It's easy for Norma to pretend, so easy. Everyone lets her indulge herself in her fantastic daydreams, supports them when even she knows they shouldn't.

Like Max.

He writes her bundles of fanmail everyday. She knows it's him, but she doesn't let on that she knows. She sees how similar all the writing is sometimes.

But she lets him think that she doesn't know. And he keeps writing it for her, letting her pretend that she is still famous.

She knows she should just tell him and fully accept that her fans had forgotten her. But he lets her indulge herself in this fantasy in which she still has fans, so she does.

Like Mister DeMille.

When she speaks to him in person, he acts as if he likes her script. She knows he hates it, that he must. She isn't an idiot, she knows it's horrid and that she could never pass for a sixteen year old.

But she lets him act like he likes her script and that he intendeds to shoot it, letting her pretend that she will have her "return."

She knows she shouldn't have bothered with the script. But he lets her indulge herself in this fantasy in which her script is good and that her "return" is imminent, so she does.

Like Joe.

He pretends he loves her. She knows he doesn't love her, doesn't find her attractive. She sees the way he looks at her sometimes when she undresses or lies beneath him. He finds her repulsive.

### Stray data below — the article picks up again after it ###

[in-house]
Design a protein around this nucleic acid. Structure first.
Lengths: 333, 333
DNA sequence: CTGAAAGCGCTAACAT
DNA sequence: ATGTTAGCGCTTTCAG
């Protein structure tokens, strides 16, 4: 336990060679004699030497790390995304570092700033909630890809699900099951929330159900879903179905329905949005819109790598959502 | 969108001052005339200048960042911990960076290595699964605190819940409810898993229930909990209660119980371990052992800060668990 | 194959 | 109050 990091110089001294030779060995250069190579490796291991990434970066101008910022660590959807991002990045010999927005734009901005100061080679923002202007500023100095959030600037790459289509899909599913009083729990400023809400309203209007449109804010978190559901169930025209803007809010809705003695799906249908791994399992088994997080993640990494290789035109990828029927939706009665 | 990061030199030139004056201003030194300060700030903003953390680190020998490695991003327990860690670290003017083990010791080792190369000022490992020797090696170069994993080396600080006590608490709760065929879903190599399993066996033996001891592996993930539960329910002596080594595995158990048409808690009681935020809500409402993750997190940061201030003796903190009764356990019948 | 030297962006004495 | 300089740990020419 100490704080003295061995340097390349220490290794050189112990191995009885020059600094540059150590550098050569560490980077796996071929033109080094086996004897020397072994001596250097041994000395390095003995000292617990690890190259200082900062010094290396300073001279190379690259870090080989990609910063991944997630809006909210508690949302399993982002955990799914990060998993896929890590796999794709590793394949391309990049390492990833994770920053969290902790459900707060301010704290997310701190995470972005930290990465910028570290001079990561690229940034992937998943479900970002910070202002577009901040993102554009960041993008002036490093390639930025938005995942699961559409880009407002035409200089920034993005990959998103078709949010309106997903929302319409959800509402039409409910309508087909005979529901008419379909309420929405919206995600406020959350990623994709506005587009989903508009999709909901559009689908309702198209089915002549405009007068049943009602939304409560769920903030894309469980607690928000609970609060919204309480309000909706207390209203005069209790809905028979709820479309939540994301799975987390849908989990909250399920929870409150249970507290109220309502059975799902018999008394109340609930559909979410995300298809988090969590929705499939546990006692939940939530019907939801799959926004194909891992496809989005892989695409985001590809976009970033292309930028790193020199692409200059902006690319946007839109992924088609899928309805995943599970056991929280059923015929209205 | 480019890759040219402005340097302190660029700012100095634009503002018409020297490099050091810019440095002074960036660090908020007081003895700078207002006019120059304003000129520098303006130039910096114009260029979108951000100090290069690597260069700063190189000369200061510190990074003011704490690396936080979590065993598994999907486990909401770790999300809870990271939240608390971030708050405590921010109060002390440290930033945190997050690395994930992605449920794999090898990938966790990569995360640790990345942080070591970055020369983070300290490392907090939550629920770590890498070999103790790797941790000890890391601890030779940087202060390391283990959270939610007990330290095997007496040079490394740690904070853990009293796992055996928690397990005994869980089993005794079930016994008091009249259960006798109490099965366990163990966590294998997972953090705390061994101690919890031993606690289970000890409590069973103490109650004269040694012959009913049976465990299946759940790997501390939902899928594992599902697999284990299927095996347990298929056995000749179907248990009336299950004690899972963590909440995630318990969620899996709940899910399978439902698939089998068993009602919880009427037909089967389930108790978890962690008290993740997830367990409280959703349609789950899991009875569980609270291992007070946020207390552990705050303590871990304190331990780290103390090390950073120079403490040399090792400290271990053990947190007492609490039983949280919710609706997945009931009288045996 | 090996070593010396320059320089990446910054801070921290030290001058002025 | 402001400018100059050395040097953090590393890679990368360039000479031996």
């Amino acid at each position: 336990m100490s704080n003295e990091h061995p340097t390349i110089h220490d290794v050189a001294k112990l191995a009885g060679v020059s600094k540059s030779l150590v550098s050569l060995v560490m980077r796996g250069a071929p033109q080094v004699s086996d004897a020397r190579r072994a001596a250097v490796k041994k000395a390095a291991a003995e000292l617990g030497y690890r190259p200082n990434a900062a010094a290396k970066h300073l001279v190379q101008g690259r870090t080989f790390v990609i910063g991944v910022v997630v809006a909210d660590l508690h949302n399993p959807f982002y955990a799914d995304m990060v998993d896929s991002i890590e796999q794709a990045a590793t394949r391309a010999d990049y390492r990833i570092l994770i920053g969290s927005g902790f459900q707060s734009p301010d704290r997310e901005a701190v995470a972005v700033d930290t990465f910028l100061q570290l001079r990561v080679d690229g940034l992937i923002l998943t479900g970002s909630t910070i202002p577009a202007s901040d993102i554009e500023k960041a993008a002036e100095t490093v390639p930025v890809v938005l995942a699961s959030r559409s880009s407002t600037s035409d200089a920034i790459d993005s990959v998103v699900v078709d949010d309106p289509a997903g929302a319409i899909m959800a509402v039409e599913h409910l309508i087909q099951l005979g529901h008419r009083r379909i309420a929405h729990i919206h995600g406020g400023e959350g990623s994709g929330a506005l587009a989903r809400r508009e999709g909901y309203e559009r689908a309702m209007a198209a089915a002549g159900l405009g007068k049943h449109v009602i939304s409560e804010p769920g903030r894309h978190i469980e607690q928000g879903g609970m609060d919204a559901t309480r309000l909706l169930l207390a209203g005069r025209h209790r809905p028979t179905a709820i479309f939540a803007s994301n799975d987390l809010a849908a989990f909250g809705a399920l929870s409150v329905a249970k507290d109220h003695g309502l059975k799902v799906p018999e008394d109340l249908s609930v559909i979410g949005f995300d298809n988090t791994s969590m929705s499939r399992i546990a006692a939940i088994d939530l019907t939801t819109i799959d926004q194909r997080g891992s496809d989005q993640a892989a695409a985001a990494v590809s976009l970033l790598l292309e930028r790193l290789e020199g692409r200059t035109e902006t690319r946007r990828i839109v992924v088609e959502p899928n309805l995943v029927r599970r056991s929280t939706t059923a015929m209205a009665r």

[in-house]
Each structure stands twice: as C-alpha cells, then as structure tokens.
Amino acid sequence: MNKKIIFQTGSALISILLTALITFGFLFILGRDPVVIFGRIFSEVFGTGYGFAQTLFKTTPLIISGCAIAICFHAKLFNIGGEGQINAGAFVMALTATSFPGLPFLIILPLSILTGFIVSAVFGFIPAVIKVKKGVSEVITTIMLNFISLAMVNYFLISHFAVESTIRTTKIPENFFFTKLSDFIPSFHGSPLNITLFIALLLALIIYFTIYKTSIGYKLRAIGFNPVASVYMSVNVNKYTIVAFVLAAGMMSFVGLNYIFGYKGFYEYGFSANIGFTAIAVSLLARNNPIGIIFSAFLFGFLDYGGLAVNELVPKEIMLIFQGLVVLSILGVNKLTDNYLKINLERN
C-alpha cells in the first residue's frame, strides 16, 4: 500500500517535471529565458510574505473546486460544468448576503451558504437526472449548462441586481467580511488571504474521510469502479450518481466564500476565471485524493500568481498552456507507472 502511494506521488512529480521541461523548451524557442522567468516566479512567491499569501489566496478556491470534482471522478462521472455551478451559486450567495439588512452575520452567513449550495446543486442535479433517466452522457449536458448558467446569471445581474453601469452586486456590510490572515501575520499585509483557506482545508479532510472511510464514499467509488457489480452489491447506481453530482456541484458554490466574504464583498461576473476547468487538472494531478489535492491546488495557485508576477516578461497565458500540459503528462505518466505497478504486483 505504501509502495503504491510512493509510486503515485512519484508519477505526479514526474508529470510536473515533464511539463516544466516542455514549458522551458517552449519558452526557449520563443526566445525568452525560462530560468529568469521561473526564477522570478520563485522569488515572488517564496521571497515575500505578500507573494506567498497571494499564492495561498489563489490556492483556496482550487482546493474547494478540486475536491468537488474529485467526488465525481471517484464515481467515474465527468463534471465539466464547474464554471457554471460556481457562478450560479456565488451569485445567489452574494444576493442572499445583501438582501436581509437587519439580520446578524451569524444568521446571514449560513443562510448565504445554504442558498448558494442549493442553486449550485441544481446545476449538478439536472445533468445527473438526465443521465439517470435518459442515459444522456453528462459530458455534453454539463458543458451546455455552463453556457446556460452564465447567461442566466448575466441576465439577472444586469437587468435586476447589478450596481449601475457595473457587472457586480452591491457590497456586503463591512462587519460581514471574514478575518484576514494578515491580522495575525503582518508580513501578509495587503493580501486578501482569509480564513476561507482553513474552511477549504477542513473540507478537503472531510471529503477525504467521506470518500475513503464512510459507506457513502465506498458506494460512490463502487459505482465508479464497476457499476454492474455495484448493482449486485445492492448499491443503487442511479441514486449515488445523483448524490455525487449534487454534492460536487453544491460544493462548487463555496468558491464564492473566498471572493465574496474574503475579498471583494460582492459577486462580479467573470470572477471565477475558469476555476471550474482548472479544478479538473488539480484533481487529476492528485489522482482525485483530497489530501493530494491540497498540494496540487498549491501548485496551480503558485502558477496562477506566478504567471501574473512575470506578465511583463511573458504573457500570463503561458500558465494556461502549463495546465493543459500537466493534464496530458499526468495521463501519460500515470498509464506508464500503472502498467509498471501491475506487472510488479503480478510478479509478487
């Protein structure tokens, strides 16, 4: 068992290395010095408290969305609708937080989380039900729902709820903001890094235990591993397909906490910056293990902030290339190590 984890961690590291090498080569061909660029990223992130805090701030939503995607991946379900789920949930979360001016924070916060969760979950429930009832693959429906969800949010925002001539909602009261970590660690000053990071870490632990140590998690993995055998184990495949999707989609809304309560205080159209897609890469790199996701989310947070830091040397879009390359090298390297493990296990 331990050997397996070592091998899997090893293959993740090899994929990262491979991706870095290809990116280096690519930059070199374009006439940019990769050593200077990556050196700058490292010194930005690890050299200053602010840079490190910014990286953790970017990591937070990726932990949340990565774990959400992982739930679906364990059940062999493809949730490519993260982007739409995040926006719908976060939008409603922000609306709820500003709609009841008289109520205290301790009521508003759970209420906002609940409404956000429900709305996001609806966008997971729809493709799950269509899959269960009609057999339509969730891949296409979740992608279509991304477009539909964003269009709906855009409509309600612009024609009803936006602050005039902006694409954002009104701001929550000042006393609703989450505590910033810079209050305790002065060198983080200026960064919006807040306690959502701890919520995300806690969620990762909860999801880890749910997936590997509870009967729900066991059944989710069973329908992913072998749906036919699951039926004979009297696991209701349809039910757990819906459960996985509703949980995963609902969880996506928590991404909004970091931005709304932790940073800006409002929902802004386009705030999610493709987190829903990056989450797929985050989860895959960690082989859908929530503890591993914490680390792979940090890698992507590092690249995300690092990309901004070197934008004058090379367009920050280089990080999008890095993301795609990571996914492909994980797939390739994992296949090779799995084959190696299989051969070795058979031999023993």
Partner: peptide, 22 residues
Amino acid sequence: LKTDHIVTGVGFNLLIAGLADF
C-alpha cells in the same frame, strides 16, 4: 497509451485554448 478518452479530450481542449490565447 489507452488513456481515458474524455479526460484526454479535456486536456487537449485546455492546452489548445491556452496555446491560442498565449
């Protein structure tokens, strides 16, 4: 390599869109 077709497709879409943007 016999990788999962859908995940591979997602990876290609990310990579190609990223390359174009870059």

But she lets him think that she doesn't know. And he keeps "making love" to her, letting her pretend that he is in love with her.

She knows she should just accept that he will never love her, never find her sexy or attractive. But he lets her indulge herself in this fantasy in which he loves and adores her, so she does.

Until he doesn't anymore. Until he destroys every fantastic dream she has created since the "talkies" came out: telling her that Max writes her fanmail and that they never wanted her or her script, just her car, as he walks away from her.

Until she shoots him three times and kills him.

Then all her fantasies collide in her mind, mixing with what she knows is real until she doesn't know what is going on anymore, what's reality and what's fantasy.

And then Norma doesn't have to pretend anymore because it's all real in her mind anyway.

But somewhere, tucked away in the back of her mind, is the truth of reality.

But Norma would keep that locked away even if she knew where to find it. It makes it so much easier to pretend.